Despite the fact that many emerging vendors are working towards interoperability (just look at the recent change in strategy from Microsoft to enable Office on Apple devices), the present fragmentation – in terms of devices, operating systems, software and a wide range of different connectivity protocols – remains in my view one of the greatest barriers for IT to crack to enable broader adoption. However, we do see some players out there taking the lead in building Enterprise grade platforms that allow us to abstract some of these dependencies and allow IT to enable their businesses through exploiting intelligence, agility and user/consumer empowerment with architectures that transform the way they engage with their systems.
We’re getting close to deploying a platform of this type into production ourselves. Our aim? – to really validate whether this provides us the opportunity to build our own particular ecosystem of technology partners and systems (old and new) to improve not only our own ways of working but drive Enterprise Mobility in this brave new world of consumer led products and services.
Well it’s that time of the year and no well-meaning blog would be complete without some predictions for the coming year. I canvassed some of my team for their views so that we can look back next year and see if they have potential parallel careers as fortune tellers!
First up is Paul who thinks we will see lots of continued uncertainty in the Mobile OS market, with a surprising upswing in Windows Phone and fight back by Blackberry to maintain adoption in Enterprise – that won’t be matched in the consumer world. Somewhat polar to market commentary and headlines – so something to keep an eye on!
Next up is Pete who believes SSD (Solid State Disk) will become standard, across all traditional PC client devices. The cost difference for spindle and solid state has reached such a small difference that the performance benefits and reduced failure rates will outweigh this small price difference. Hmmm, could be good news for Samsung and Kingston!
Pete also thinks we’ll see the death of the docking station (again 🙂 ) – as we move towards more choice and more mobile devices, the desire and ability for a consistent docking experience will be surpassed by wireless peripherals and connected screens.
Next one up from the team is not necessarily good news for the industry and somewhat inevitable in the climate but there is the expectation that at least one major ‘pure play’ reseller (read no services division) will either go under or get swallowed up in 2014.
David in Services also suggests that we might see a short-fall in available UK resources to tackle the backlog of Enterprise Windows XP users that still haven’t migrated – caused by the product formally going ‘end of life’ in April 2014. Not sure if this is a prediction or wishful thinking!!
Finally, we move to Tina and Software. First prediction is that we will see Big Data move into the mainstream as people stop talking about it and start to use information to underpin their business models. Whilst 2014 will also be the year that we see the number of software vendors used within Enterprise estates increase as a result of the users opting for smaller ‘app like’ line-of- business tools and not the over specified and under-utilised tools they have today.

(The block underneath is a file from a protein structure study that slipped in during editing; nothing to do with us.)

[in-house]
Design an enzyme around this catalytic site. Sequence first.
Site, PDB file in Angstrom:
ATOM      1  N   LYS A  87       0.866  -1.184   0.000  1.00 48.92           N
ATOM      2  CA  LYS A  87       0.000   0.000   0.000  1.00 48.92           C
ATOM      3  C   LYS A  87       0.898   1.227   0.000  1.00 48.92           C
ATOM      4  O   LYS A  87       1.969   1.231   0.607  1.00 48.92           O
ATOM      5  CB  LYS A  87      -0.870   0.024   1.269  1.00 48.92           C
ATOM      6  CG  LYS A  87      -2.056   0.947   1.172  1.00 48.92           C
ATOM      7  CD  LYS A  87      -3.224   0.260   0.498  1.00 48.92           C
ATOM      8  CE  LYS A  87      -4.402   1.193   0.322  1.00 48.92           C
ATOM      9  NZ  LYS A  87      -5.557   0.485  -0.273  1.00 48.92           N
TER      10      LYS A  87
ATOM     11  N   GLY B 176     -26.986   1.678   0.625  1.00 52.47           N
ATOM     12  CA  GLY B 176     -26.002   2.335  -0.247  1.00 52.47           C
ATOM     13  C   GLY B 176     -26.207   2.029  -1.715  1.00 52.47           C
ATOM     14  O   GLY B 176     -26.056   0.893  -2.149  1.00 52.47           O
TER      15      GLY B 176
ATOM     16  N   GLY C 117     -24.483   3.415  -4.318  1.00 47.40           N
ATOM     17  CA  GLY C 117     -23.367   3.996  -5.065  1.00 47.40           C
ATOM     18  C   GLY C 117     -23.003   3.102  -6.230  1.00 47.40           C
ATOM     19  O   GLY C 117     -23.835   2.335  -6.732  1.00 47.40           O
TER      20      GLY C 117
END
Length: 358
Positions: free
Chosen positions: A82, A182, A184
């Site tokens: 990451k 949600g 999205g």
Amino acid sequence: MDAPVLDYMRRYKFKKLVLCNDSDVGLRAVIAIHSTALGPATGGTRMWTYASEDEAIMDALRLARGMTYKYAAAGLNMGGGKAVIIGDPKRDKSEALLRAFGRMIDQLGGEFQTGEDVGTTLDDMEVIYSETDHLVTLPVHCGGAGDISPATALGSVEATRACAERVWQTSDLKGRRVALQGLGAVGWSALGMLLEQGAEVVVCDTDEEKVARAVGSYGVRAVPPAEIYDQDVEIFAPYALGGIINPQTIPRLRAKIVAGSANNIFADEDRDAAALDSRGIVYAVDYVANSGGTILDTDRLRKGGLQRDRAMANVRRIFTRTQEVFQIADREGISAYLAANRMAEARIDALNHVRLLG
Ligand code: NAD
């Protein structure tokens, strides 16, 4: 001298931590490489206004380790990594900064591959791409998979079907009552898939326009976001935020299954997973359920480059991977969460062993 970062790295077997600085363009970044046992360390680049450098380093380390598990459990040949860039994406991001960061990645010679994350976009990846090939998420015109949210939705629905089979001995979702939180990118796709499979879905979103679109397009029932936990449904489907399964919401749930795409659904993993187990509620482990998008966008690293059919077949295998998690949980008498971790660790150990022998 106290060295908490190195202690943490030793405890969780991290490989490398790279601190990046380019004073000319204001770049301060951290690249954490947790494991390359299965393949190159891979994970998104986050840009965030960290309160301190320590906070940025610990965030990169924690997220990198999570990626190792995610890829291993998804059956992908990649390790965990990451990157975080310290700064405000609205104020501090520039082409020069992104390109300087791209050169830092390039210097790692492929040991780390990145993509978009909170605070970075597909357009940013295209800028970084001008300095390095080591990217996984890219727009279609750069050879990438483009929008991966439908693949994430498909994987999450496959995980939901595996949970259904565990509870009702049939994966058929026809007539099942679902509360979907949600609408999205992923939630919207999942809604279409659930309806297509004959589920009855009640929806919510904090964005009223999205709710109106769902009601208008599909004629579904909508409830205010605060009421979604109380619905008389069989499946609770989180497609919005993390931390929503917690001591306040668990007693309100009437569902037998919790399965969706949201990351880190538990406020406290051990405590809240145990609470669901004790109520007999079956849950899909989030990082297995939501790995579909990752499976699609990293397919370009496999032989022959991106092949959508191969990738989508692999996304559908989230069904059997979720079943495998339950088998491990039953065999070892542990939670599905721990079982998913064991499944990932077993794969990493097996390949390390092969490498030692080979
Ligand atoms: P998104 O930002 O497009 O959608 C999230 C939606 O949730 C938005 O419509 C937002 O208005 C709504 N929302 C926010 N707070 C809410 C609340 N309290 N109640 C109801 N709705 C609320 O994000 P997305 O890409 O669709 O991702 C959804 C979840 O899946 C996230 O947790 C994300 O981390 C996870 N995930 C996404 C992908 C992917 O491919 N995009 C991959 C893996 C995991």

Personally, I think that we will continue to be ‘S.M.A.C.ked’ (Social, Mobile, Analytics and Cloud) as a major theme and as the “nexus of forces” continues to empower users through technology and information it will make 2014 disruptive and stimulating for everybody involved in Workplace IT.
So there you have it, down in black and white for judgement next year. I’d be really interested to hear your own predictions for the coming year (related to Workplace IT of course!)?
I hope you have a great Christmas break, and see you all in 2014!
Industry surveys, analyst commentary, our client and partner conversations all suggest that “Mobility” is the hottest concept in enterprise IT, possibly surpassing “cloud” which has dominated the IT agenda in recent years. But haven’t we always been mobile?
We may be in danger of speaking about ‘Mobility’ as if its a new concept even though we’ve had mobile work styles and solutions for at least the past 20 years! What is changing, and what we need to focus on is how technology, user demands and innovation are driving solutions that in turn drive a whole new value proposition around mobility and its application potential across a much broader area. In doing so, we need to reset our definition of “Enterprise Mobility”
Our Mobile Journey
A mobile worker was once a “road warrior”, based from the company car, armed with only a work diary they would conduct the majority of their working week away from the office – meeting clients, taking orders and writing up notes that they would then have to process on their return to the office and “got connected”. This was how you achieved customer intimacy, but with glaring inefficiencies and challenges that seem so alien to us now.
True, IT mobility started in the laptop era. As hardware became more cost effective businesses could unshackle key users from a fixed office location. Dial up RAS was the first mobile solution, as long as you were near a telephone line! It was better, but still not efficient or flexible. With the emergence of broadband technology and WiFi, mobile working joined the mainstream and with the prevalence of mobile phones users could be connected and contactable. Suddenly users became mobile, productive and contactable! The really important people were also given a Blackberry, the epitome of mobility.
It would be difficult to say that we weren’t mobile, albeit in the early days it could be an inefficient and frustrating experience
Consumerisation: Redefining Mobility
The mobile workforce was contented, technology was enhancing and connectivity was improving as we moved into the 3G area. Then came an explosion of consumer led technology – devices and cloud services. This moved “mobility” to the next level, and before we knew it, this technology found its way into the corporate world.
Device platforms and form factors changed, but more importantly the technology was much simpler to operate and fashionable, and with strong connectivity it all started to come together:
We can work anywhere, on any device, and at any time.